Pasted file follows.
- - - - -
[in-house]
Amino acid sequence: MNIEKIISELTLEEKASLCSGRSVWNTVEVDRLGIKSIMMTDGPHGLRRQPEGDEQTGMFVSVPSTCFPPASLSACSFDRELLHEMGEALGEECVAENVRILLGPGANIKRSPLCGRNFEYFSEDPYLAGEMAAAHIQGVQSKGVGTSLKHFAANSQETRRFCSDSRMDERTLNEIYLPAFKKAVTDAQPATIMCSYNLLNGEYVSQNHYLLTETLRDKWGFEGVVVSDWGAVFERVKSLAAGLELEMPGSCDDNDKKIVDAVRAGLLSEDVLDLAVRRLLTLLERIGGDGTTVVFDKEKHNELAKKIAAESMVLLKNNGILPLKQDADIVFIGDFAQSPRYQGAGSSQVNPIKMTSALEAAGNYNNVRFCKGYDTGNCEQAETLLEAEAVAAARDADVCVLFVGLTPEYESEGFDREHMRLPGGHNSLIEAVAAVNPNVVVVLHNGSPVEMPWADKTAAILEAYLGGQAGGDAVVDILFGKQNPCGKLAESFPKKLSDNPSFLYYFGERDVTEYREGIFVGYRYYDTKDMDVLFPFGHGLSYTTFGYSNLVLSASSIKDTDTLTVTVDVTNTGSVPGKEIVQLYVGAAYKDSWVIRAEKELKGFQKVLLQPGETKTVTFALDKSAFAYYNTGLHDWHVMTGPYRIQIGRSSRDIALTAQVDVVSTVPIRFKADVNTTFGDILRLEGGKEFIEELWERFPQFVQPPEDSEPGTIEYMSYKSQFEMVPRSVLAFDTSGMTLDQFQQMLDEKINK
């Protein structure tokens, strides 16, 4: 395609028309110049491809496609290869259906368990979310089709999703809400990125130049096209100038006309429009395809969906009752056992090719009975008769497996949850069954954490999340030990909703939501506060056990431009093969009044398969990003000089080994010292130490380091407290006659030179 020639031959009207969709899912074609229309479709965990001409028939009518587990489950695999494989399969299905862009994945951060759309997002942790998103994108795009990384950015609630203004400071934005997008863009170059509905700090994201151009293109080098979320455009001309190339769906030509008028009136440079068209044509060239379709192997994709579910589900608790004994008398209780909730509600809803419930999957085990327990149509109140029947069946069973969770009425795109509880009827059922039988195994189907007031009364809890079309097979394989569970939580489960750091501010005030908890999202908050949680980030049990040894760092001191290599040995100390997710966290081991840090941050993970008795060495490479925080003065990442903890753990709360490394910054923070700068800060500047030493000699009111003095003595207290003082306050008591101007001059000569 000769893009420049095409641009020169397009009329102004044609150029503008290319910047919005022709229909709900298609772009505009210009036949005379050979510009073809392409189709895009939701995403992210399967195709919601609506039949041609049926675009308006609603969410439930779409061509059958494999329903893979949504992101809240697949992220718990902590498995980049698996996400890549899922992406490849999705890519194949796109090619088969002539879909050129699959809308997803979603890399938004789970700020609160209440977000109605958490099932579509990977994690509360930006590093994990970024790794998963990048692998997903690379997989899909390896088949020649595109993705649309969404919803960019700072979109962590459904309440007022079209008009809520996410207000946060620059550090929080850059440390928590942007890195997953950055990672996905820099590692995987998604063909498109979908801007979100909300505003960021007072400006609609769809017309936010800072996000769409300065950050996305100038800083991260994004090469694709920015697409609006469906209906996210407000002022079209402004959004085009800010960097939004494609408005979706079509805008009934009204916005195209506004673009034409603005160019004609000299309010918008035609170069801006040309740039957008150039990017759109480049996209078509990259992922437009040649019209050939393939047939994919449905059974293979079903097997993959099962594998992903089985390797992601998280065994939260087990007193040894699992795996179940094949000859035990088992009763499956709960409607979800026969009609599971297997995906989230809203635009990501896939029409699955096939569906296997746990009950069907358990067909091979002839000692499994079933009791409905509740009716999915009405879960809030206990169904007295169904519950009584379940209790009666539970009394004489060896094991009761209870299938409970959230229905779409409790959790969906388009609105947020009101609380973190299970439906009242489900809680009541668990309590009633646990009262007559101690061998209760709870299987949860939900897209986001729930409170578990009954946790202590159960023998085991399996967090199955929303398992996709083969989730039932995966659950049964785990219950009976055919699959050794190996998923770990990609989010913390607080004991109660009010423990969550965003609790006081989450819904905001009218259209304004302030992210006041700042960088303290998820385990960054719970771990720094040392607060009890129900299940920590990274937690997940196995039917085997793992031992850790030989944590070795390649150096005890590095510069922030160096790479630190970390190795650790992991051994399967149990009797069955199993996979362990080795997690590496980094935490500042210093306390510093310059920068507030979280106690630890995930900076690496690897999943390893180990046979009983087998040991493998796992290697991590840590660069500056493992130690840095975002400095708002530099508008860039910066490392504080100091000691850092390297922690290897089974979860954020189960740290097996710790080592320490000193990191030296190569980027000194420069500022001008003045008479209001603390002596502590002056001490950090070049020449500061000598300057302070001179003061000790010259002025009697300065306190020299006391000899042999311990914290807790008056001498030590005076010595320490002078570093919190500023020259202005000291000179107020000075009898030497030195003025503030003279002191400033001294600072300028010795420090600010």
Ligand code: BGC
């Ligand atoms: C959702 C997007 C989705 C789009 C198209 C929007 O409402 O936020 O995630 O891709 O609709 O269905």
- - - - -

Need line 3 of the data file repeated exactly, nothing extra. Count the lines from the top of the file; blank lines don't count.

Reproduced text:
């Protein structure tokens, strides 16, 4: 395609028309110049491809496609290869259906368990979310089709999703809400990125130049096209100038006309429009395809969906009752056992090719009975008769497996949850069954954490999340030990909703939501506060056990431009093969009044398969990003000089080994010292130490380091407290006659030179 020639031959009207969709899912074609229309479709965990001409028939009518587990489950695999494989399969299905862009994945951060759309997002942790998103994108795009990384950015609630203004400071934005997008863009170059509905700090994201151009293109080098979320455009001309190339769906030509008028009136440079068209044509060239379709192997994709579910589900608790004994008398209780909730509600809803419930999957085990327990149509109140029947069946069973969770009425795109509880009827059922039988195994189907007031009364809890079309097979394989569970939580489960750091501010005030908890999202908050949680980030049990040894760092001191290599040995100390997710966290081991840090941050993970008795060495490479925080003065990442903890753990709360490394910054923070700068800060500047030493000699009111003095003595207290003082306050008591101007001059000569 000769893009420049095409641009020169397009009329102004044609150029503008290319910047919005022709229909709900298609772009505009210009036949005379050979510009073809392409189709895009939701995403992210399967195709919601609506039949041609049926675009308006609603969410439930779409061509059958494999329903893979949504992101809240697949992220718990902590498995980049698996996400890549899922992406490849999705890519194949796109090619088969002539879909050129699959809308997803979603890399938004789970700020609160209440977000109605958490099932579509990977994690509360930006590093994990970024790794998963990048692998997903690379997989899909390896088949020649595109993705649309969404919803960019700072979109962590459904309440007022079209008009809520996410207000946060620059550090929080850059440390928590942007890195997953950055990672996905820099590692995987998604063909498109979908801007979100909300505003960021007072400006609609769809017309936010800072996000769409300065950050996305100038800083991260994004090469694709920015697409609006469906209906996210407000002022079209402004959004085009800010960097939004494609408005979706079509805008009934009204916005195209506004673009034409603005160019004609000299309010918008035609170069801006040309740039957008150039990017759109480049996209078509990259992922437009040649019209050939393939047939994919449905059974293979079903097997993959099962594998992903089985390797992601998280065994939260087990007193040894699992795996179940094949000859035990088992009763499956709960409607979800026969009609599971297997995906989230809203635009990501896939029409699955096939569906296997746990009950069907358990067909091979002839000692499994079933009791409905509740009716999915009405879960809030206990169904007295169904519950009584379940209790009666539970009394004489060896094991009761209870299938409970959230229905779409409790959790969906388009609105947020009101609380973190299970439906009242489900809680009541668990309590009633646990009262007559101690061998209760709870299987949860939900897209986001729930409170578990009954946790202590159960023998085991399996967090199955929303398992996709083969989730039932995966659950049964785990219950009976055919699959050794190996998923770990990609989010913390607080004991109660009010423990969550965003609790006081989450819904905001009218259209304004302030992210006041700042960088303290998820385990960054719970771990720094040392607060009890129900299940920590990274937690997940196995039917085997793992031992850790030989944590070795390649150096005890590095510069922030160096790479630190970390190795650790992991051994399967149990009797069955199993996979362990080795997690590496980094935490500042210093306390510093310059920068507030979280106690630890995930900076690496690897999943390893180990046979009983087998040991493998796992290697991590840590660069500056493992130690840095975002400095708002530099508008860039910066490392504080100091000691850092390297922690290897089974979860954020189960740290097996710790080592320490000193990191030296190569980027000194420069500022001008003045008479209001603390002596502590002056001490950090070049020449500061000598300057302070001179003061000790010259002025009697300065306190020299006391000899042999311990914290807790008056001498030590005076010595320490002078570093919190500023020259202005000291000179107020000075009898030497030195003025503030003279002191400033001294600072300028010795420090600010």